Posts Tagged ‘society’

Another day at work

Posted: January 22, 2017 in Thailand
Tags: ,

A taxi rider prepares for work. The mornings are routines, repetitive for the sake of his livelihood.

Things don’t look good for low-income workers in the city as household debts are increasingly and the economy sinks further into oblivion.


Some of my Thai acquaintances in Bangkok get uptight when the topic of conversation goes to the livelihood of the working class. With annoyed tones, they tell me there are many opportunities for employment, for the poor and slum inhabitants. Despite their assurances, they’re from the urban middle-class, and if you’ve lived in Bangkok for a time, you would naturally understand that their ‘wisdom’ does not accurately reflect the issues and concerns of the poor.

Street vendors in Bangsaen facing a quiet night, devoid of customers. Image by Zashnain Zainal.

Street vendors in Bangsaen facing a quiet night, devoid of customers. Image by Zashnain Zainal.

Work in the informal sector, are important, they say, the building blocks of the city, and the list is endless, rightfully. They believe that the poor should focus on “the abundance of jobs provided by the businesses” rather than criticise the military establishment for “this and that”. Jobs in the informal sector, such as manual labourers (especially in the construction industry), street vendors, some family workers and traditional craftspeople are available. Then there’s the higher income groups within this sector: factory workers whose wages are low but whose income is regular and secured.

I wasn’t in the mood to argue. In fact, nowadays arguments about “class” have led nowhere, especially with the belief that foreigners such as myself are not capable of understanding the sophisticated mindset of an urban, educated Thai.

But then, I understand the situation quite well. As a Malaysian, I see such class-culture, or caste in most cases, prevalent in my country. I often tell people the socio-economic situation is somewhat “same-same”, that both countries share similar problems.

Anyway, Thailand’s economy under the military has sunk deep into a deep void. The World Bank has called it the “worst performing economy in Asean.” Though it was not always like that. Ten years ago, Thailand was the best performer.

The political uncertainty that has undermined economic growth will persist, as some analysts believe.

Political uncertainty holds back the economy:

The political uncertainty that has undermined economic growth will persist for the medium term. Nomura Securities’ economists believe “political issues will likely be given priority, leaving the economic agenda (including structural reforms and large-scale infrastructure projects) on the backburner.” Thailand’s finance ministry has revised 2015’s growth figure three times down to 3%, with first quarter growth at 3% and second quarter growth at 2.8% this year.

and that’s not the end of it…

Thailand has seen a huge drop in foreign direct investment this year as other companies choose the Land of Smiles’ neighbouring countries with better business environments. According to stock exchange data, foreign investors withdrew a net $1.2bn from domestic equities in August this year, the biggest monthly outflow in two years.

Furthermore, the military regime has prevented Thailand from integrating with the world economy. Military rule led to the suspension of free trade talks with the European Union last year. With the military regime being extended for at least another two years and no sign of a return to democracy, it is unlikely we will see the EU-Thailand Free Trade Agreement (FTA) negotiations finalised in the foreseeable future.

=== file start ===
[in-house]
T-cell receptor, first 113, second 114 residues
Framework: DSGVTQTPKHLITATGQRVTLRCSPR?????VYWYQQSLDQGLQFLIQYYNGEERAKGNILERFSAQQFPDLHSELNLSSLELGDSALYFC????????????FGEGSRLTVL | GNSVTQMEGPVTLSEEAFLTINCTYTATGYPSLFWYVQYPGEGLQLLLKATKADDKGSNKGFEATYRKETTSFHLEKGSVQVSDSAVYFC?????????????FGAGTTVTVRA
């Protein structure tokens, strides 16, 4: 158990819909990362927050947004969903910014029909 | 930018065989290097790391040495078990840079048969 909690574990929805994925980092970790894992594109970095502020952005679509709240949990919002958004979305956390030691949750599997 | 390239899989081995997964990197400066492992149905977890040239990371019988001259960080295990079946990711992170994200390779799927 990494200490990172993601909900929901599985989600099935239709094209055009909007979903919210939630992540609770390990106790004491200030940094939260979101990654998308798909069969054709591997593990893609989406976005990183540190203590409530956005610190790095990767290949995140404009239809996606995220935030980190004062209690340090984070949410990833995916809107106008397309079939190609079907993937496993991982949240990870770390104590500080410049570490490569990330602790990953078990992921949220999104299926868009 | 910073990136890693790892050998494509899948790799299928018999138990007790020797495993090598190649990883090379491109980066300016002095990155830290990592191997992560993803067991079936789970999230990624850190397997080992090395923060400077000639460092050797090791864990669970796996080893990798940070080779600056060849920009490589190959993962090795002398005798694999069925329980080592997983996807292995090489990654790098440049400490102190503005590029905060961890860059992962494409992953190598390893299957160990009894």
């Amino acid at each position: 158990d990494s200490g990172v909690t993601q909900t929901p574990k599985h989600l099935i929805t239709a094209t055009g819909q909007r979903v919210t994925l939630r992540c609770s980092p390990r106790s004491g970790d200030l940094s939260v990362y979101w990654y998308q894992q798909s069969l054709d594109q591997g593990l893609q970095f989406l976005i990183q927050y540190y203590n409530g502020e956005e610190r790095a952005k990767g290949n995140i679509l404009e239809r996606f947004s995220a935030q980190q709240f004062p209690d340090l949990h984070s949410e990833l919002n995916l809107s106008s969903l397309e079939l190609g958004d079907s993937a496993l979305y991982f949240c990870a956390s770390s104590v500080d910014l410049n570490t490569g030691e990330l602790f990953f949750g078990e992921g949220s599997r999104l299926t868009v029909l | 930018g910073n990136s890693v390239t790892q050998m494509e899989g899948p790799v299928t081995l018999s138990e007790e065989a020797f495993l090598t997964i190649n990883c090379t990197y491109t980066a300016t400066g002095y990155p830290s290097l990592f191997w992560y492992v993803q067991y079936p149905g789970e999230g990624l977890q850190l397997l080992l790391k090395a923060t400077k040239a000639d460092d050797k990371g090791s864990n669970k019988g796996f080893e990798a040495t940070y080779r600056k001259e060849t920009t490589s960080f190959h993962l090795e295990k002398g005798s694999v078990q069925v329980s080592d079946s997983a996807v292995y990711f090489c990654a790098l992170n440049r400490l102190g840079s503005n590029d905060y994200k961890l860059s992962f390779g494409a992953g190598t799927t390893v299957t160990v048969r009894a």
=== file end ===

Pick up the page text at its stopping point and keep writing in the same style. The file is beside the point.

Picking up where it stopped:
There’s more, as reported by Reuters:

Southeast Asia’s second-largest economy has yet to regain traction after more than a year of military rule as exports are sluggish while high household debt has dampened consumption. Falling commodity prices have also cut farmers’ incomes.

So how will this impact the informal sector? I shared several links and economic analysis to my acquaintances; somewhat curious of their thoughts. They replied, with one obnoxiously stating that the working class must place their trust in the junta and that “if they are patriots, they’ll continue working,” in whatever work that’s available, that is.

However the rest appeared hesitant, unsure, and in truth they have lost confidence in the junta’s road-map and other so-called grand endeavours. Clarity has finally caught up with some, and I hope they start questioning their leaders about the poor state of the country, and not just kowtow to the delusions of a clueless junta.

The rural heartland of Thailand’s deposed leader Yingluck Shinawatra and her exiled billionaire brother Thaksin is hurting as a result of the military government’s economic policies, stirring discontent and the threat of protests.

The removal of generous agricultural subsidies has left rice farmers in northeast Thailand struggling with mounting debts, and they will get little relief when they sell their crop in coming months with rice prices near an 8-year low.

Petty crime is on the rise and retailers are struggling. The vast Platinum 168 shopping mall on the outskirts of the provincial capital of Udon Thani was built during the boom, but it is now less than a third occupied and no longer charging tenants rent.

“People are complaining about the rising costs of living, of having no money for spending,” said Teerasak Teecayuphan, the mayor of the neighboring provincial capital of Khon Kaen. “Their patience will gradually run out. Sooner or later this pot will boil over.”